1
$\begingroup$

Find the eigenvalues and eigenfunctions for the following kernel: $$K(x,t)=-2 \log \left( \sin \left( \frac{1}{2} \left( x-t \right) \right) \right) \in \mathcal{L}_2([0,2 \pi ]^2).$$

What I have: $$y(x)=\int_0^{2 \pi} -2 \log \left( \sin \left( \frac{1}{2} \left( x-t \right) \right) \right) y(t)dt = \\ -2\int_0^{2\pi} \left( \sum_{n=1}^\infty \frac{\sin(nx) \sin(nt)}{n}+\sum_{n=1}^\infty \frac{\cos(nx) \cos(nt)}{n} \right)y(t)dt$$ by Fourier series. It sort of seems that eigenfunctions should be in the form $y(x)=A\cos(nx)+B\sin(nx)$ but I don't have any arguments for that. I know that the eigenvalues should be $\lambda_n=- \frac{n}{2 \pi}$.

Also I've found a similar question (Eigenvalues of an integral operator with non-degenerate kernel) but its kernel is much simpler. Not sure if the same technique would work in my case. What corresponding differential equation could I get from this: $y''(x)+\lambda y(x)=0$, $y(0)=y(2 \pi)=0$? However I wouldn't get the same eigenvalues $\lambda_n=- \frac{n}{2 \pi}$. Help?

$\endgroup$

1 Answer 1

2
$\begingroup$

It is a convolution operator, convolution in $L^2(\Bbb{R/2\pi Z})$, ie. $f$ is $L^2_{loc}$ and $2\pi$-periodic and $$(Tf)(x)= \int_0^{2\pi} f(t) h(x-t)dt, \qquad h(x)=-2 \log \left( \sin \left( \frac{1}{2} \left( x \right) \right) \right)$$

The complex exponentials $e^{i n x},n\in \Bbb{Z}$ are an orthonormal basis of eigenfunctions with eigenvalues $\lambda_n=(T e^{-in x})(0)$, such that $$h = \frac1{2\pi}\sum_n \lambda_n e^{inx}$$ We find the $\lambda_n$ from $$h = \lim_{r\to 1^-}\Re(-2 \log \left(\frac{e^{ix/2}}{2i} (1-r e^{-ix})\right))$$ (convergence in $L^2(\Bbb{R/2\pi Z})$) and the Taylor series of $-\log(1-z)$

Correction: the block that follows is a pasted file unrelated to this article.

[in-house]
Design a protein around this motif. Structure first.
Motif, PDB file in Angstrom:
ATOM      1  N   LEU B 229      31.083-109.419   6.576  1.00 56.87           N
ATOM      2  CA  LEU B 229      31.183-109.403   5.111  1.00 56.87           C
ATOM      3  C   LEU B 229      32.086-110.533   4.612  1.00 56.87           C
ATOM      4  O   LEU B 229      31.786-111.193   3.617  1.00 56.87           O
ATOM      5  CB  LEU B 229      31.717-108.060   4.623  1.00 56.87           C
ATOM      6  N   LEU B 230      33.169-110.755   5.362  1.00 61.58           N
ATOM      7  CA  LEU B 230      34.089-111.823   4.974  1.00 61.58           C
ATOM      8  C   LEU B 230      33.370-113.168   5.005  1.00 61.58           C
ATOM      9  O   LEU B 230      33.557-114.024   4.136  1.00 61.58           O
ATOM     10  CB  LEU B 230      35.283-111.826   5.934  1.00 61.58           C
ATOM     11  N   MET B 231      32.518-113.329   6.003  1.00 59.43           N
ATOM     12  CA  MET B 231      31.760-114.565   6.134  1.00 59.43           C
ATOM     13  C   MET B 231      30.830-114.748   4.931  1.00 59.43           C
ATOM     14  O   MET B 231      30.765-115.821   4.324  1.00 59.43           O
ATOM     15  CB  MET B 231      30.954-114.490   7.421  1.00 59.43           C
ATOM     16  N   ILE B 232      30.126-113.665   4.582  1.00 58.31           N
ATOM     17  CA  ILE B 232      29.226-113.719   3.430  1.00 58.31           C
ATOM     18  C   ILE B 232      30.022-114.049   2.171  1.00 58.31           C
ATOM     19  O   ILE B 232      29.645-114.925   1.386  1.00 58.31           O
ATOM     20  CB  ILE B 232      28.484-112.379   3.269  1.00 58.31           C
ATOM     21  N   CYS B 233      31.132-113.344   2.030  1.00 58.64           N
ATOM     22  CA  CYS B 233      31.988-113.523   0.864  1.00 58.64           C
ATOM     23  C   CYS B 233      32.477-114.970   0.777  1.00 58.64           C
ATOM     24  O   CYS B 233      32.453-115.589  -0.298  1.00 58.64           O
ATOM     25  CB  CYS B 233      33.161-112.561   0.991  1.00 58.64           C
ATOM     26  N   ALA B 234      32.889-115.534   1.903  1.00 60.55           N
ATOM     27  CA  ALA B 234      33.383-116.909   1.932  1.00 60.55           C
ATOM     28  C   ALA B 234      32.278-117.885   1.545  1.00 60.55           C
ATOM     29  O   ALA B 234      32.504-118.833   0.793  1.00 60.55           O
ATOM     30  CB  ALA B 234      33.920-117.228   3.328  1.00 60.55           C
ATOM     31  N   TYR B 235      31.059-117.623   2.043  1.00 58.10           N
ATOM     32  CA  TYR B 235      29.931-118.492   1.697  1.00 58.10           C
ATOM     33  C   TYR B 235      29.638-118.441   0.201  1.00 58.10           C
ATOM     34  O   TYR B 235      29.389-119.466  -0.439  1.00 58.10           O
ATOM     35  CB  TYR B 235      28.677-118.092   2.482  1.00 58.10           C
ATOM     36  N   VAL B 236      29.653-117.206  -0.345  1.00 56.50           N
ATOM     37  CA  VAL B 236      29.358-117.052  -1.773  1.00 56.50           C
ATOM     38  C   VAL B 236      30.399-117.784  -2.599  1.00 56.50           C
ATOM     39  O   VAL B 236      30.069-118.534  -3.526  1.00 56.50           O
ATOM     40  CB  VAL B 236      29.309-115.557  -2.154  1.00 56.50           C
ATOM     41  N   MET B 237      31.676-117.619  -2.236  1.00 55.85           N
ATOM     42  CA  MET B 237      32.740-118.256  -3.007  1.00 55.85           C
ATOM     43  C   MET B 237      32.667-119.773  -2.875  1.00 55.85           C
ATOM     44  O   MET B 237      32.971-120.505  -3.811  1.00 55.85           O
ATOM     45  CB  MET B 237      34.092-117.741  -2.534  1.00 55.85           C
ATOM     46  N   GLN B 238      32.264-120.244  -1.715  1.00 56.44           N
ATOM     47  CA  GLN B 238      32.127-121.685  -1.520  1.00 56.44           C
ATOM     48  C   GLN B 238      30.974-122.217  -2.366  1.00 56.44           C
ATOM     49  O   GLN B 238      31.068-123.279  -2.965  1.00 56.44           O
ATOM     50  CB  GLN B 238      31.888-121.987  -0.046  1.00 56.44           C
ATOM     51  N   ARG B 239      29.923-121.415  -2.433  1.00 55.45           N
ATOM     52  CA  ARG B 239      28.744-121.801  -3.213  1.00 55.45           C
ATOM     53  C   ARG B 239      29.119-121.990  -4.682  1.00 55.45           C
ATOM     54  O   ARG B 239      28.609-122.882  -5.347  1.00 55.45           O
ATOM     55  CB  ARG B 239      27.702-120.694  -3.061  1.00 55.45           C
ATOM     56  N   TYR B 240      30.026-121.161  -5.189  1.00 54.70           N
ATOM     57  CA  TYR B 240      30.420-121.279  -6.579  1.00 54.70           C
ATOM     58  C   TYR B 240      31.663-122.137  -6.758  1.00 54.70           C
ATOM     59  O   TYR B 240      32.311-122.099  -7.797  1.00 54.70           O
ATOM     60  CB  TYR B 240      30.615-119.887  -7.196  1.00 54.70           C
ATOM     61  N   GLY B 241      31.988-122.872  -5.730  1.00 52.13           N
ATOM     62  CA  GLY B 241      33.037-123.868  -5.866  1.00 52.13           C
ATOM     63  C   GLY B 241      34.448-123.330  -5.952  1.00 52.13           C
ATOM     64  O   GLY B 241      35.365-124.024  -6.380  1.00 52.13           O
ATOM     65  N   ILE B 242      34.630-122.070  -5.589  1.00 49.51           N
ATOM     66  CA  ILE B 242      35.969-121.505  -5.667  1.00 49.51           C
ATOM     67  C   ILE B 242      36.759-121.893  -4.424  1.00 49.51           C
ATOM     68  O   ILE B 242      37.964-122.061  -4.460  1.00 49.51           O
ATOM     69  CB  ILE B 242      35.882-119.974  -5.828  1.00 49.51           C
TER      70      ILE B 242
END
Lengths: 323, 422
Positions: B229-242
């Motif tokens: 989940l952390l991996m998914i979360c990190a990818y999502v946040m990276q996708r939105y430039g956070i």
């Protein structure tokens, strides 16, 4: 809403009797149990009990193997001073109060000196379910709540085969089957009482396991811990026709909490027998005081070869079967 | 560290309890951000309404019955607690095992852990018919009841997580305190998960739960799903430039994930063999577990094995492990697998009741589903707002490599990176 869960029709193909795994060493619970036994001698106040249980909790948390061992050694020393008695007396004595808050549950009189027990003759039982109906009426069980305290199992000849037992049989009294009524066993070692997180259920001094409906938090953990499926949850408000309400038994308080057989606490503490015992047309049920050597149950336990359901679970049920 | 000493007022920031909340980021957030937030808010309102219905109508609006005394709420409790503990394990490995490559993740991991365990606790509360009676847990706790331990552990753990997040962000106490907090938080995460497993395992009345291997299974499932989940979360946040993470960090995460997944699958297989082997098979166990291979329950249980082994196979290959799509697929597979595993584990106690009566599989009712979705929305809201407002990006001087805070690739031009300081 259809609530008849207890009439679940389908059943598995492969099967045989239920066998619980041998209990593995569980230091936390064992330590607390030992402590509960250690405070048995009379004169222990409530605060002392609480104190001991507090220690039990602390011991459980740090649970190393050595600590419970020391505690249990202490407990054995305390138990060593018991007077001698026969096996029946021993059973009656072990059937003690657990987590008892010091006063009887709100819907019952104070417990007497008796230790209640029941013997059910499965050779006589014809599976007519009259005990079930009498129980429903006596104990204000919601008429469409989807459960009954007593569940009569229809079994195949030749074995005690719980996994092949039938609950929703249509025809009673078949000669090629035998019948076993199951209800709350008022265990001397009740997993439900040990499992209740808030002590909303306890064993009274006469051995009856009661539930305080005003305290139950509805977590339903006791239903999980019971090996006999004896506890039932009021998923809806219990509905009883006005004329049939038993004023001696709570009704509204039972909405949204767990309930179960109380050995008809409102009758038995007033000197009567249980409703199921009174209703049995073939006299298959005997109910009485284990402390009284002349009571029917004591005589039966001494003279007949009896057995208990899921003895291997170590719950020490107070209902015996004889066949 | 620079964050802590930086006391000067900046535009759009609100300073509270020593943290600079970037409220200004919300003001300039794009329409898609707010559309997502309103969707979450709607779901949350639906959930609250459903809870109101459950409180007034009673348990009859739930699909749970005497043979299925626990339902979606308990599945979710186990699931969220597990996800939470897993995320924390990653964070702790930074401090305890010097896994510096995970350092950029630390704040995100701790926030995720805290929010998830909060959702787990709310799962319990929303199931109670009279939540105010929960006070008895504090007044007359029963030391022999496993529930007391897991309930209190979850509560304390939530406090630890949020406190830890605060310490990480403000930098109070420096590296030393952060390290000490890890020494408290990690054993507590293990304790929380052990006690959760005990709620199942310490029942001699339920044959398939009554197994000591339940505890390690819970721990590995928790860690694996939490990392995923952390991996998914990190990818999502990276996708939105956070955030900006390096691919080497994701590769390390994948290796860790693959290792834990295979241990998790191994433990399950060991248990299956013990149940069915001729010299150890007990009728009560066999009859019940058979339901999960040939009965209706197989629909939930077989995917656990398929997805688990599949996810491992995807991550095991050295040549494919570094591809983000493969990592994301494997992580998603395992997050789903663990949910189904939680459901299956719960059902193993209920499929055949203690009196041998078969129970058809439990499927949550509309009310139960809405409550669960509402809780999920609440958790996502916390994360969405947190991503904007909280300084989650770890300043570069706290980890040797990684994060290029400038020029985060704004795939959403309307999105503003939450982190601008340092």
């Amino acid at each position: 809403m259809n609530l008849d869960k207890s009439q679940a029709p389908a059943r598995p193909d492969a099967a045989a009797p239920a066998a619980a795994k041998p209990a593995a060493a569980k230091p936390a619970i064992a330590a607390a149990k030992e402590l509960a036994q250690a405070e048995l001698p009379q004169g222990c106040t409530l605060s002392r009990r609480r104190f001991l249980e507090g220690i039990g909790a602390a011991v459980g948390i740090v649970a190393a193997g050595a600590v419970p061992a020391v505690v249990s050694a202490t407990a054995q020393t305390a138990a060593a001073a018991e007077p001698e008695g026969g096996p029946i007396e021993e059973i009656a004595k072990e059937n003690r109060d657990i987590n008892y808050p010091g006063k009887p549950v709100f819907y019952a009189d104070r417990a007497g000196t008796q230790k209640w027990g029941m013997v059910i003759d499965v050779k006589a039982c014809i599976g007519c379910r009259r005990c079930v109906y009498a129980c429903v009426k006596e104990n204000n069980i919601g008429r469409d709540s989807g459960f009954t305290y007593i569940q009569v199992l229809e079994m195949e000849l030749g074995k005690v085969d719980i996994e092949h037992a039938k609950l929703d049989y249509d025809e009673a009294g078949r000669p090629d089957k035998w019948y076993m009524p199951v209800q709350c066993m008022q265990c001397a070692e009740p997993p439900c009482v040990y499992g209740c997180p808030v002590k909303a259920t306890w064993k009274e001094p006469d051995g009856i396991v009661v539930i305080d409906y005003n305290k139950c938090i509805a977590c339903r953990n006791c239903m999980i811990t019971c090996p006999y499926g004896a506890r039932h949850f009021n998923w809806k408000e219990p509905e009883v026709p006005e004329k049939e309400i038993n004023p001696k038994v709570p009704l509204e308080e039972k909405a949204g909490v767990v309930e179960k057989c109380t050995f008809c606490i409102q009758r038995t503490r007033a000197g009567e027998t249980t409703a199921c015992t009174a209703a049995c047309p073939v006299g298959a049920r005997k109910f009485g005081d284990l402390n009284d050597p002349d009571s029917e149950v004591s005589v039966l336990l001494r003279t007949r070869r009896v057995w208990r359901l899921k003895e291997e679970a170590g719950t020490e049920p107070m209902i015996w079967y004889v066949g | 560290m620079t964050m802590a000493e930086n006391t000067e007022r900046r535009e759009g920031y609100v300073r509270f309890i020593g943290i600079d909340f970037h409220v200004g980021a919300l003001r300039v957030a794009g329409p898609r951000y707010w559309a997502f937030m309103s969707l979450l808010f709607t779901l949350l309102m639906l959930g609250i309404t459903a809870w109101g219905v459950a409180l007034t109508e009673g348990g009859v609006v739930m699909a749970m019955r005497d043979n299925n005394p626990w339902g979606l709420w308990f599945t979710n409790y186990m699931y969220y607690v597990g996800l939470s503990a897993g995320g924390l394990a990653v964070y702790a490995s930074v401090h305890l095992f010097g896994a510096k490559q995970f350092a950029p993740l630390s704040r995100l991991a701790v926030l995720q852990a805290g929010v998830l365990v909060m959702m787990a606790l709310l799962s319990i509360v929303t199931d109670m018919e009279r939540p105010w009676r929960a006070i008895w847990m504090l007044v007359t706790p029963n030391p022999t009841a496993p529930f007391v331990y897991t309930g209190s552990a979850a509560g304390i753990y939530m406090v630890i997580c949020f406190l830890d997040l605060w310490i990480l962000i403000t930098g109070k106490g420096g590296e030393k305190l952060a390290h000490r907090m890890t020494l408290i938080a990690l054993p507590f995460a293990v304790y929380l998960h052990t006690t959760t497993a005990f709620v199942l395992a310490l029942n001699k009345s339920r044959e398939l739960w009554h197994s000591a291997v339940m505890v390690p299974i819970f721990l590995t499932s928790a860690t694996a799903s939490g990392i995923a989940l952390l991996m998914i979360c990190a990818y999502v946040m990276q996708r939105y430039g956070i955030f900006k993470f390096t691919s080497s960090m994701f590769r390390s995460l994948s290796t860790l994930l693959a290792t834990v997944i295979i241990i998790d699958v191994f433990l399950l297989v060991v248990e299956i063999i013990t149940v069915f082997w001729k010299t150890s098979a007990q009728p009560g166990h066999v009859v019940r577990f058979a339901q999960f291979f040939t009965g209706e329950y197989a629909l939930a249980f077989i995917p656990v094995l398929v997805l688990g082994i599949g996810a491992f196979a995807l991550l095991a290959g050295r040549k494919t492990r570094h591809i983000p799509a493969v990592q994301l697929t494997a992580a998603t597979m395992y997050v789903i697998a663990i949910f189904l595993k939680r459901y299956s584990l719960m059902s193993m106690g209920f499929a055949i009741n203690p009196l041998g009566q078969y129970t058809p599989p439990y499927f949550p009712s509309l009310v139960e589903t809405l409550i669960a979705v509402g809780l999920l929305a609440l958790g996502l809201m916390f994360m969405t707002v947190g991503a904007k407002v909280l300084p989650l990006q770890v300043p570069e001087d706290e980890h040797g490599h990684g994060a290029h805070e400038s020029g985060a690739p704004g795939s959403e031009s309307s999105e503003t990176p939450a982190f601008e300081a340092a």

Decompose $$f = \sum_n c_n e^{inx}, \qquad Tf=\sum_n \lambda_n c_n e^{inx}$$ (convergence in $L^2(\Bbb{R/2\pi Z})$)

Then $Tf= \lambda f$ iff $c_n\ne 0 \implies\lambda_n=\lambda$.


Since we are keeping only the real part $h =\lim_{r\to 1^-}\Re(-2\log \left(1-r e^{-ix}\right))$ then from the Taylor series of $-\log(1-z)$ we have for $r\in (0,1)$ $$\Re(-2\log \left(1-r e^{-ix}\right))= \Re(2\sum_{n\ge 1} r^n e^{-inx}/n)=\sum_{n\ne 0} r^n e^{inx}/|n|$$ and $$h = \lim_{r\to 1^-} \sum_{n\ne 0} r^n e^{inx}/|n|= \sum_{n\ne 0} e^{inx}/|n|$$ which converges without problem in $L^2[0,2\pi]$. So the $\lambda_n$ are $0$ and $2\pi/|n|$ and the eigenfunctions are the linear combination of complex exponentials with the same eigenvalue ie. $ae^{inx}+be^{-inx}$.

$\endgroup$
7
  • $\begingroup$ Sorry but I don't understand how all of this could help me calculate the eigenvalues $\lambda_n$ and eigenfunctions $y_n$. $\endgroup$
    – Karagum
    Dec 26, 2020 at 16:26
  • $\begingroup$ The Fourier series of $h$ is found from the Taylor series of $-\log(1-z)$. I explained the necessary and sufficient condition for $f$ to be an eigenfunction. $\endgroup$
    – reuns
    Dec 26, 2020 at 16:28
  • $\begingroup$ It all looks like general theoretical ideas that I don't find clear. $\endgroup$
    – Karagum
    Dec 27, 2020 at 16:03
  • $\begingroup$ I'm still waiting for explanations. It is totally unclear what you did in your solution. Where you take the limit as $r \to 1^{-}$, the limit doesn't mean a lot. Anyway, I'd like to discuss on your solution since I've been trying to understand your solution and solve it by myself for over a week. :) $\endgroup$
    – Karagum
    Dec 29, 2020 at 16:47
  • $\begingroup$ Since we are keeping only the real part $h =\lim_{r\to 1^-}\Re(-2\log \left(1-r e^{-ix}\right))$ then from the Taylor series of $-\log(1-z)$ we have for $r\in (0,1)$ $$\Re(-2\log \left(1-r e^{-ix}\right))= \Re(2\sum_{n\ge 1} r^n e^{-inx}/n)=\sum_{n\ne 0} r^n e^{inx}/|n|$$ and $$h = \lim_{r\to 1^-} \sum_{n\ne 0} r^n e^{inx}/|n|= \sum_{n\ne 0} e^{inx}/|n|$$ which converges without problem in $L^2[0,2\pi]$. So the $\lambda_n$ are $0$ and $1/|n|$ and the eigenfunctions are the linear combination of complex exponentials with the same eigenvalue ie. $ae^{inx}+be^{-inx}$. @Karagum $\endgroup$
    – reuns
    Dec 29, 2020 at 16:52

Your Answer

By clicking “Post Your Answer”, you agree to our terms of service, privacy policy and cookie policy

Not the answer you're looking for? Browse other questions tagged or ask your own question.